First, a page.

Redwire Developing Key Technologies to Build Sustainable Lunar Infrastructure

Redwire’s Additive Manufacturing Device, which will be used to run the regolith simulant prints for the Redwire Regolith Print mission. (Credit: Redwire)

JACKSONVILLE, Fla. (NASA PR) — The farther humans go into deep space, the more important it will be to generate products with local materials. Reducing Earth delivery requirements reduces overall mission cost and launch weight.  It also allows for the construction of infrastructure using space-based resources, a practice called in-situ resource utilization (ISRU). NASA is making long term investments to advance ISRU technology across multiple areas, including regolith-based in-space manufacturing and construction.

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NASA Tipping Point Selections Include Cryogenic Fluid, Lunar Surface and Landing Tech

An astronaut descends the ladder to explore the lunar surface. (Credit: NASA)

WASHINGTON (NASA PR) — The following selections, organized by topic area, are based on NASA’s fifth competitive Tipping Point  solicitation and have an expected combined award value of more than $370 million. NASA’s Space Technology Mission Directorate (STMD) will negotiate with the companies to issue milestone-based firm-fixed price contracts lasting for up to five years.

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NASA Administrator to Announce New Space Tech Public-Private Partnerships

The Moon as viewed by NASA’s Mariner 10 in 1973, well before research would find signs of rust on the airless surface. (Credits: NASA/JPL/Northwestern University)

WASHINGTON (NASA PR) — NASA Administrator Jim Bridenstine will give a keynote address at the virtual fall Lunar Surface Innovation Consortium meeting at 11:45 a.m. EDT Wednesday, Oct. 14. The event, co-hosted by the Johns Hopkins Applied Physics Laboratory (APL) and Arizona State University, will stream live on NASA Television and the agency’s website.

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NASA Wants You to Send it Your Mini Moon Payload Designs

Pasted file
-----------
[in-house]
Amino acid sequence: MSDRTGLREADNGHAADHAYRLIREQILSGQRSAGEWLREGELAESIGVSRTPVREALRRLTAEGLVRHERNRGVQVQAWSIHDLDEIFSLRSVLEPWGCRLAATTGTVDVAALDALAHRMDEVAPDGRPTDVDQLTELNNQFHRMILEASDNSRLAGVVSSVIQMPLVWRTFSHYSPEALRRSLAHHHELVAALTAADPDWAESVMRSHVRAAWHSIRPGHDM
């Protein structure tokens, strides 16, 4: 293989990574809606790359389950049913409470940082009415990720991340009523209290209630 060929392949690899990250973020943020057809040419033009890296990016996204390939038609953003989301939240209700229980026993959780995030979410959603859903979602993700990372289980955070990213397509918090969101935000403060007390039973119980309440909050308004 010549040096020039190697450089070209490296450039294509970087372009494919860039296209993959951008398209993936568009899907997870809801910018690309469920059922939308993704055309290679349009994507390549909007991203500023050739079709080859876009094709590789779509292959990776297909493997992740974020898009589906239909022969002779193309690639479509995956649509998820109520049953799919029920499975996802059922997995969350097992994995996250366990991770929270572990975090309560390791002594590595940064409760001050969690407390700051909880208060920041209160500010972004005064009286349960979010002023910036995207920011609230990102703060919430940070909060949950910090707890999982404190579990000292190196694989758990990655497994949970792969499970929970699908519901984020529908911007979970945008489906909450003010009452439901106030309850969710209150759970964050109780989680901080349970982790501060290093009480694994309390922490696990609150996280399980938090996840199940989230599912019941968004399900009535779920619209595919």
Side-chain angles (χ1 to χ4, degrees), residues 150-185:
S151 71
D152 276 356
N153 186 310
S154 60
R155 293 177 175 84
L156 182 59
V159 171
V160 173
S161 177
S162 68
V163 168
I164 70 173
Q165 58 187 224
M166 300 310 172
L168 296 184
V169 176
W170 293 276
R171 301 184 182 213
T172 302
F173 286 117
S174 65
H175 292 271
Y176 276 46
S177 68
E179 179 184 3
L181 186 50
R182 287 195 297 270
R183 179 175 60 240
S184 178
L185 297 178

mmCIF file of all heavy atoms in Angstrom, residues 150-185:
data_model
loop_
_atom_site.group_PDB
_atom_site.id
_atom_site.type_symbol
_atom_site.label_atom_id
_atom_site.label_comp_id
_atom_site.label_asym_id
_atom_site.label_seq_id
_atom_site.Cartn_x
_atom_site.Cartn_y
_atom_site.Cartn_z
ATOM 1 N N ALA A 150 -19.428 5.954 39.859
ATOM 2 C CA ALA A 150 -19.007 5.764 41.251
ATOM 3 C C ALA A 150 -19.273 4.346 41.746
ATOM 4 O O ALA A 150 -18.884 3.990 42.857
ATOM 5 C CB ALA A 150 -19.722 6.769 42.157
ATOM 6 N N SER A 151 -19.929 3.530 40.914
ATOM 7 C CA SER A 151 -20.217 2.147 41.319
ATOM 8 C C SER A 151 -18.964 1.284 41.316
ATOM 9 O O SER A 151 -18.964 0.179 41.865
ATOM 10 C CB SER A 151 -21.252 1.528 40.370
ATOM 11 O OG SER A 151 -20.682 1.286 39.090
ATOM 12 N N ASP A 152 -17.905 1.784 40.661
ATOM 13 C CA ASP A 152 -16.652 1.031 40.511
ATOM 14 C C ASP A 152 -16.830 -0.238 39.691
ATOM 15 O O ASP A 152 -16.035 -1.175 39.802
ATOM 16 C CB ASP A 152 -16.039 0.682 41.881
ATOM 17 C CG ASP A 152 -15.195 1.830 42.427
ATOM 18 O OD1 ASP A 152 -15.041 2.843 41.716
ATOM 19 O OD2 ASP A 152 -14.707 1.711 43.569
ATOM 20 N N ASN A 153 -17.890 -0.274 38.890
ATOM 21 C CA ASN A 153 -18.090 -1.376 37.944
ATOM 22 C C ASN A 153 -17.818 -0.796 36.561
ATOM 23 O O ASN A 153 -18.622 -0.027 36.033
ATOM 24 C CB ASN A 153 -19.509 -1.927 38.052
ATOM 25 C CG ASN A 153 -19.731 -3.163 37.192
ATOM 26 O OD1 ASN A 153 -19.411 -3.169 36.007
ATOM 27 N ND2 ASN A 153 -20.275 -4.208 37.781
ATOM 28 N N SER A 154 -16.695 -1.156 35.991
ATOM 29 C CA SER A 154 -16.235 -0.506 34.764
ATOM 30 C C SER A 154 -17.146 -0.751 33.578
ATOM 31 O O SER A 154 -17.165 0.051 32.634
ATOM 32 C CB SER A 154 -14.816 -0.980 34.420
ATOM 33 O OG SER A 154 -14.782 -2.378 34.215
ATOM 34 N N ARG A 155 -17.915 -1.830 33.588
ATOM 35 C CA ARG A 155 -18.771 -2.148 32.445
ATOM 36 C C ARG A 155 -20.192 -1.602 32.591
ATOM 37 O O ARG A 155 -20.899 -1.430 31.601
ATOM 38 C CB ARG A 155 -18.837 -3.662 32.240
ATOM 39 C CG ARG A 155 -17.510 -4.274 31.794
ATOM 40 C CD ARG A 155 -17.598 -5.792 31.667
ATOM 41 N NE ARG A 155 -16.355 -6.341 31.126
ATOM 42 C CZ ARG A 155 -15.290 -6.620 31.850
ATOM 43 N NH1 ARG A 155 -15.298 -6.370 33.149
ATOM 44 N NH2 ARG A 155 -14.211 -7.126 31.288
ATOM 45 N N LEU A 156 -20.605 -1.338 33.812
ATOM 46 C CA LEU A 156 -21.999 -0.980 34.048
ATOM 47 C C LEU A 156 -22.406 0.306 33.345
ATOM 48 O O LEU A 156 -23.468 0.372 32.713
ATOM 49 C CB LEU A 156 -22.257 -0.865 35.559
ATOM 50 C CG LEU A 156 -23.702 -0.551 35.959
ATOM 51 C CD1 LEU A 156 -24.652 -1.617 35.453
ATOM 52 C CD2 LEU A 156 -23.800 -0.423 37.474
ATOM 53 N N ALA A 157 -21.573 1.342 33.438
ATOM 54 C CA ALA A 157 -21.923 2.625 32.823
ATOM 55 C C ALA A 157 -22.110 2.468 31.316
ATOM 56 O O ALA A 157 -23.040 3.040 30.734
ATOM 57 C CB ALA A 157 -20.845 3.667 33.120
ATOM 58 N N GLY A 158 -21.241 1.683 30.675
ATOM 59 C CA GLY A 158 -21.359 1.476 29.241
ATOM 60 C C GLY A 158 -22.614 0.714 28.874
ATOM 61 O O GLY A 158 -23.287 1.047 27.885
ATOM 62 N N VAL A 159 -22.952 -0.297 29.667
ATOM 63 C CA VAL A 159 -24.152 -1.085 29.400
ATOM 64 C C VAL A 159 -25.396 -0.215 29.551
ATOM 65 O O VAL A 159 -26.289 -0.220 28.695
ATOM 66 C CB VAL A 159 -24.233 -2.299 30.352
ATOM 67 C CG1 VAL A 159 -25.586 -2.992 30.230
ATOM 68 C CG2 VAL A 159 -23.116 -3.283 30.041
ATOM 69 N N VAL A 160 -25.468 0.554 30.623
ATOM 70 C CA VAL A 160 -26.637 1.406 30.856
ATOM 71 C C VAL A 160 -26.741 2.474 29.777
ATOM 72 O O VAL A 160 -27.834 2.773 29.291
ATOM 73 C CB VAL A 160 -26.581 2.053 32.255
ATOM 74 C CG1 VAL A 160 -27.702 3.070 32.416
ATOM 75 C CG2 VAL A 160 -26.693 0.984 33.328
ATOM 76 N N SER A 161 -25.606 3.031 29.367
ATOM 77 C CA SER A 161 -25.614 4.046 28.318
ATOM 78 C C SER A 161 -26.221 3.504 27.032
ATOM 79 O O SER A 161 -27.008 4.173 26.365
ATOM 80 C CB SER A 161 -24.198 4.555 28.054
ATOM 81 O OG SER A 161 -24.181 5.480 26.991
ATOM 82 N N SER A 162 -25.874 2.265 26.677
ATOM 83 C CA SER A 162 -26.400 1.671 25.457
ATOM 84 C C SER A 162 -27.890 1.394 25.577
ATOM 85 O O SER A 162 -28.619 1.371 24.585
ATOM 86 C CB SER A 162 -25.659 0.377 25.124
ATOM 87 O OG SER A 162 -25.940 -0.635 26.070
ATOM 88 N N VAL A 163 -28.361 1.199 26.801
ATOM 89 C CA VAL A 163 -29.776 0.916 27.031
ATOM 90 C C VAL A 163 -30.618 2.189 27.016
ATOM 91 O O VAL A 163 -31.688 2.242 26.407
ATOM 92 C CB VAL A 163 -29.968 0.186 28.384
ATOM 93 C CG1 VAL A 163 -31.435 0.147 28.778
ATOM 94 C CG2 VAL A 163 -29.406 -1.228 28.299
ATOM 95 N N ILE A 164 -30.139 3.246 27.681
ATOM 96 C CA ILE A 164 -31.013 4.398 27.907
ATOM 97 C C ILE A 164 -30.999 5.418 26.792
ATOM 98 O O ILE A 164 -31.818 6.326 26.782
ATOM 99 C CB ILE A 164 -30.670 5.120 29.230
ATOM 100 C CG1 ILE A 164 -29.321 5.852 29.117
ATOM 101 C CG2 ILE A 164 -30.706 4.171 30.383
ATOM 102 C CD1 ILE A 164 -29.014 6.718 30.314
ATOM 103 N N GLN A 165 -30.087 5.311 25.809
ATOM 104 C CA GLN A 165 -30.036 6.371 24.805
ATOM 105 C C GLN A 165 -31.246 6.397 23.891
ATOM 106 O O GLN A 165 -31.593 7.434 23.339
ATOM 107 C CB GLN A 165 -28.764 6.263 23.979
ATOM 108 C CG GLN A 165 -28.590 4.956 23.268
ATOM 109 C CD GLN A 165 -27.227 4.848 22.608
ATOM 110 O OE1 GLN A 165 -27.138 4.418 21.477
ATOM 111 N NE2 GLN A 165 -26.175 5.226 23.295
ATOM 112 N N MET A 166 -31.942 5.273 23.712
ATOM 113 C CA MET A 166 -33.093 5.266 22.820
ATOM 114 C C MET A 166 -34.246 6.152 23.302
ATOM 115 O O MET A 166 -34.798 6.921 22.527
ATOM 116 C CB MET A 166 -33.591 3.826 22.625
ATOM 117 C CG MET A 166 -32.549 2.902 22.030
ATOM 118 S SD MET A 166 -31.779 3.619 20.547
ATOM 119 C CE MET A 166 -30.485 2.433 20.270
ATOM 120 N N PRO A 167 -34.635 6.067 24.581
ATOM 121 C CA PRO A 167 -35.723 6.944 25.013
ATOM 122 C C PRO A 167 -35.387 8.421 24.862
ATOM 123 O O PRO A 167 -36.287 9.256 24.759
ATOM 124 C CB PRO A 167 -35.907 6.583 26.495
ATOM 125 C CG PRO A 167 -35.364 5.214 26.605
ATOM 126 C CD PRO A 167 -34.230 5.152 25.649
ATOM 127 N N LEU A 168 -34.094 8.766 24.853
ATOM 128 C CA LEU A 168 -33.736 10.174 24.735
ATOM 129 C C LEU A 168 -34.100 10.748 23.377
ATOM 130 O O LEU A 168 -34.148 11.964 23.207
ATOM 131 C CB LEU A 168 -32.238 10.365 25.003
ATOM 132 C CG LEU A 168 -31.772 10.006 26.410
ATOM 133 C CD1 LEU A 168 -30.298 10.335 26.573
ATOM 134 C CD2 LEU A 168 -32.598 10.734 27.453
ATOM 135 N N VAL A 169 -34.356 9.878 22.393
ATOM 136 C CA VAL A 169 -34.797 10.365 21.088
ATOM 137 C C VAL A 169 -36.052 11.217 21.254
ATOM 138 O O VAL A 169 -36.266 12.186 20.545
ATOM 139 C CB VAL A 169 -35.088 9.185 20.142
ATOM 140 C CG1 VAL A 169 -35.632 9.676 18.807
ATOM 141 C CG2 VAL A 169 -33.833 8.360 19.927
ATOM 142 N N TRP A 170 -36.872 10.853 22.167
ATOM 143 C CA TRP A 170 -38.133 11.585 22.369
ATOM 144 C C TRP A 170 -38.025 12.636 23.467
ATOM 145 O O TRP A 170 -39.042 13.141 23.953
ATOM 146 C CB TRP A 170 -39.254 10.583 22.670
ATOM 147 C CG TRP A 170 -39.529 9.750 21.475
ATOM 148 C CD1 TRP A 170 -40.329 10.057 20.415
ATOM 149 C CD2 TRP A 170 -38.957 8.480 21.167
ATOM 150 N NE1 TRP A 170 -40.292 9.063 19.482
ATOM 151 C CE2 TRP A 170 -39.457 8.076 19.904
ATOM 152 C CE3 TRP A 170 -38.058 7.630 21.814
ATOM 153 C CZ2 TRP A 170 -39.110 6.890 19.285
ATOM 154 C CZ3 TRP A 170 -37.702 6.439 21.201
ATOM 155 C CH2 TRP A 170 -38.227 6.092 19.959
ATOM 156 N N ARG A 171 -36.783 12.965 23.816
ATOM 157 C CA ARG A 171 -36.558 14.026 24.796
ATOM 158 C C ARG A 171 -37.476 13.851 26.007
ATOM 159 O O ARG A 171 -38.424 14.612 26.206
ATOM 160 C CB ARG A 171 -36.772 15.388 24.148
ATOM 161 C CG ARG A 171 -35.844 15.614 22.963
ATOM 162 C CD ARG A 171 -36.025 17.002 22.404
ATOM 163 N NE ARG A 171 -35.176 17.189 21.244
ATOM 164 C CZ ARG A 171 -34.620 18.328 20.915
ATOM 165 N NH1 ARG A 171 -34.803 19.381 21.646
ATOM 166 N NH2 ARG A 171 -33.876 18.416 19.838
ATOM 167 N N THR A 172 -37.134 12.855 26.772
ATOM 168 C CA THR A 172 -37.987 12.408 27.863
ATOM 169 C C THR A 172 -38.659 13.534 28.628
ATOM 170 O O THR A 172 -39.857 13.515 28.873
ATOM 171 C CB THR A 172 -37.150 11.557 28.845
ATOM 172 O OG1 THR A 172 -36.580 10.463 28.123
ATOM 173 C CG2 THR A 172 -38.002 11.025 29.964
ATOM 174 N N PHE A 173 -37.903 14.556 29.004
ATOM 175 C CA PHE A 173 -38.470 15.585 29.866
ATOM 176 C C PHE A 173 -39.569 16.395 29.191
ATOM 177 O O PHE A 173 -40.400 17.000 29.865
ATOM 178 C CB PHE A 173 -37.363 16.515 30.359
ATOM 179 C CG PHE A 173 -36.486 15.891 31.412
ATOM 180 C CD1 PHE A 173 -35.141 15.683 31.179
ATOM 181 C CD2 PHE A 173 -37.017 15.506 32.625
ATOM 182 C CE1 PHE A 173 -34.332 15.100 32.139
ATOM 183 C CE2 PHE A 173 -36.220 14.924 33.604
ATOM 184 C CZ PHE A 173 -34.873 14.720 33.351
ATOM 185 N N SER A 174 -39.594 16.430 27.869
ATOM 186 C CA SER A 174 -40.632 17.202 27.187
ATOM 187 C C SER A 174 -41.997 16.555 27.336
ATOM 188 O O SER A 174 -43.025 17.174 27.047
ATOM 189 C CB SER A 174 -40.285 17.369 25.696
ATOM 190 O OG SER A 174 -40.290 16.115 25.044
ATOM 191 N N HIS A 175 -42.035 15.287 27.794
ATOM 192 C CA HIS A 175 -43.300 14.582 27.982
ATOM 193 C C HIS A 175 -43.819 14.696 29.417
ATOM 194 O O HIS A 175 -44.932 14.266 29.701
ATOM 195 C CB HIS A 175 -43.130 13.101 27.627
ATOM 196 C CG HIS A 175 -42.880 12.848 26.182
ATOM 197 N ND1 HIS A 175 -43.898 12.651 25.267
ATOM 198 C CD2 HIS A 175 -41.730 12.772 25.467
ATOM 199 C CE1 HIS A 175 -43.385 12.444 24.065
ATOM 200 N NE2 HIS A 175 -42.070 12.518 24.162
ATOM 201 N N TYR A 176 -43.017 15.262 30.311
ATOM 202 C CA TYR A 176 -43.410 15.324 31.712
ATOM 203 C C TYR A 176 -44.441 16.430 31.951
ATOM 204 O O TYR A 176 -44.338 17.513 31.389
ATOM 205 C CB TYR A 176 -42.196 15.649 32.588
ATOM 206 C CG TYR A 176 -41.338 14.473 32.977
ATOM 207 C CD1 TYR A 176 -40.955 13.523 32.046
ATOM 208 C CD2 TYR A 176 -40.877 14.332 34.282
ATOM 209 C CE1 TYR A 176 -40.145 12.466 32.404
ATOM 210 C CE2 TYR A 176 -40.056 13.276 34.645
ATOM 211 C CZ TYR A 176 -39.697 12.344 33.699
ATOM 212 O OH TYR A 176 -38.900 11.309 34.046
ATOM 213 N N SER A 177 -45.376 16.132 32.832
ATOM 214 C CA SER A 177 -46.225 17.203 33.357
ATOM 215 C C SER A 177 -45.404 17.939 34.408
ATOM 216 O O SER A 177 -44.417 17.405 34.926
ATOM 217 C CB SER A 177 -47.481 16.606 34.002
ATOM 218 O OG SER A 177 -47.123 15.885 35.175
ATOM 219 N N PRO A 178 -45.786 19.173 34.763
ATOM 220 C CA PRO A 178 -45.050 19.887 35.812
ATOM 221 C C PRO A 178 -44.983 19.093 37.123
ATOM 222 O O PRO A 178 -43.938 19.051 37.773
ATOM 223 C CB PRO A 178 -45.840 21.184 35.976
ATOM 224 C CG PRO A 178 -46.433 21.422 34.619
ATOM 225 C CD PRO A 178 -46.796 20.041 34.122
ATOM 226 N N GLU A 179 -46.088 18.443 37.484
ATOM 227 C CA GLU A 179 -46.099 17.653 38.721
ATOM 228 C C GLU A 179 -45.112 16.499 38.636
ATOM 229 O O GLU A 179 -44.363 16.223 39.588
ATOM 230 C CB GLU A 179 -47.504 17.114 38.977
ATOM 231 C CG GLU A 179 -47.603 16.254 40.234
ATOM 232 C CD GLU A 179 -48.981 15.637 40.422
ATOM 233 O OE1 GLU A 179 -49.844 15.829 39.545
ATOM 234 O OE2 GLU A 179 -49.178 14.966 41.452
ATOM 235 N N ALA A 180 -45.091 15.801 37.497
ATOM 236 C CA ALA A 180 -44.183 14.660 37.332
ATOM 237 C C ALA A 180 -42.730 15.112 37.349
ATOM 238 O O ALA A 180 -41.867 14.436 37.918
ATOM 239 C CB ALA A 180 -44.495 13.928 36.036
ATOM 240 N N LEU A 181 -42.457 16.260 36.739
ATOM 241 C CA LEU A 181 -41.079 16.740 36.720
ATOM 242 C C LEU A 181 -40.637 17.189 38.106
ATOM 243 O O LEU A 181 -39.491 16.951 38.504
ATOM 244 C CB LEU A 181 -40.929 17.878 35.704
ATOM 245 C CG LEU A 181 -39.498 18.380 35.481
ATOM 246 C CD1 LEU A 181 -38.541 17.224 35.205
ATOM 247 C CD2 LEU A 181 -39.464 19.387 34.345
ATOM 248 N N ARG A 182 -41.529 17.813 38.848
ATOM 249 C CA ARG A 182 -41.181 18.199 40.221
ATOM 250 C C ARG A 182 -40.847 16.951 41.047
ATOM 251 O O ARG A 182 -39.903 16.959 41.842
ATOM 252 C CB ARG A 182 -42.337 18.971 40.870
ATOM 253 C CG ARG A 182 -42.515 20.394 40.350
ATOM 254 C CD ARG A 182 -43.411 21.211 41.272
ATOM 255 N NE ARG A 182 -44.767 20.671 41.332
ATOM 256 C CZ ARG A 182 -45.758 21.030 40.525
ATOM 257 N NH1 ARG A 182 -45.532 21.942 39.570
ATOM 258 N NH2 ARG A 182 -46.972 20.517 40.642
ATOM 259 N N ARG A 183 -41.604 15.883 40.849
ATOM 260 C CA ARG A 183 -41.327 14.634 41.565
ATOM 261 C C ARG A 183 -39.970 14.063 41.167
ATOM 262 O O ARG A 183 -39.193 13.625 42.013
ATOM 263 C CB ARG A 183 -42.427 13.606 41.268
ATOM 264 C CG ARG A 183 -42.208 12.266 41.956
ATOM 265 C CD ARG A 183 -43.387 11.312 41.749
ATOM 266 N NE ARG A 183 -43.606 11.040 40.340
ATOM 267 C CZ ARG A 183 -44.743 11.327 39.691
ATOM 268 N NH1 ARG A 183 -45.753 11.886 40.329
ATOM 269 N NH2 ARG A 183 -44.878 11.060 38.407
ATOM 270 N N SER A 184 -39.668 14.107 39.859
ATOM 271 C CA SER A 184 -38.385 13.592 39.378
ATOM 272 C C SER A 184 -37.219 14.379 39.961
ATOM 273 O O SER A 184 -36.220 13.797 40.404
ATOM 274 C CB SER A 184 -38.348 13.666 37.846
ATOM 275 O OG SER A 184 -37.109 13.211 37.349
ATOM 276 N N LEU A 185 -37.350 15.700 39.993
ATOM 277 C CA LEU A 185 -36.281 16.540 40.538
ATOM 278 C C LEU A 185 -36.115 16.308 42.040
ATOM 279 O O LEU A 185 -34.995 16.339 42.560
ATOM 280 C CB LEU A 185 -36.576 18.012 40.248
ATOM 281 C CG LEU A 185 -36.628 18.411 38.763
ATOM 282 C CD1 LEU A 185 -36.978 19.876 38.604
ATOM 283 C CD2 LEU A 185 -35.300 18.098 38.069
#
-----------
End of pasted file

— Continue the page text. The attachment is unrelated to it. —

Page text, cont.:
Credit: NASA

PASADENA, Calif. (NASA PR) — Future exploration of the Moon and beyond will require tools of all shapes and sizes – from sweeping orbiters to the tiniest of rovers. In addition to current planned scientific rovers like the Volatiles Investigating Polar Exploration Rover,  or  VIPER, NASA could one day send even smaller rovers to help scout the Moon’s surface.

These tiny robots would provide mission flexibility and collect key information about the lunar surface, its resources and the environment. The data collected by these rovers would be helpful for future lunar endeavors and NASA’s Artemis program.

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Help NASA Design a Robot to Dig on the Moon

A close-up view of the bucket drums on Regolith Advanced Surface Systems Operations Robot (RASSOR) in the regolith bin inside Swamp Works at NASA’s Kennedy Space Center in Florida on June 5, 2019. (Credits: NASA/Kim Shiflett)

By Linda Herridge
NASA’s John F. Kennedy Space Center

Digging on the Moon is a hard job for a robot. It has to be able to collect and move lunar soil, or regolith, but anything launching to the Moon needs to be lightweight. The problem is excavators rely on their weight and traction to dig on Earth. NASA has a solution, but is looking for ideas to make it better. Once matured, robotic excavators could help NASA establish a sustainable presence on the Moon under the Artemis lunar exploration program, a few years after landing astronauts on the surface.

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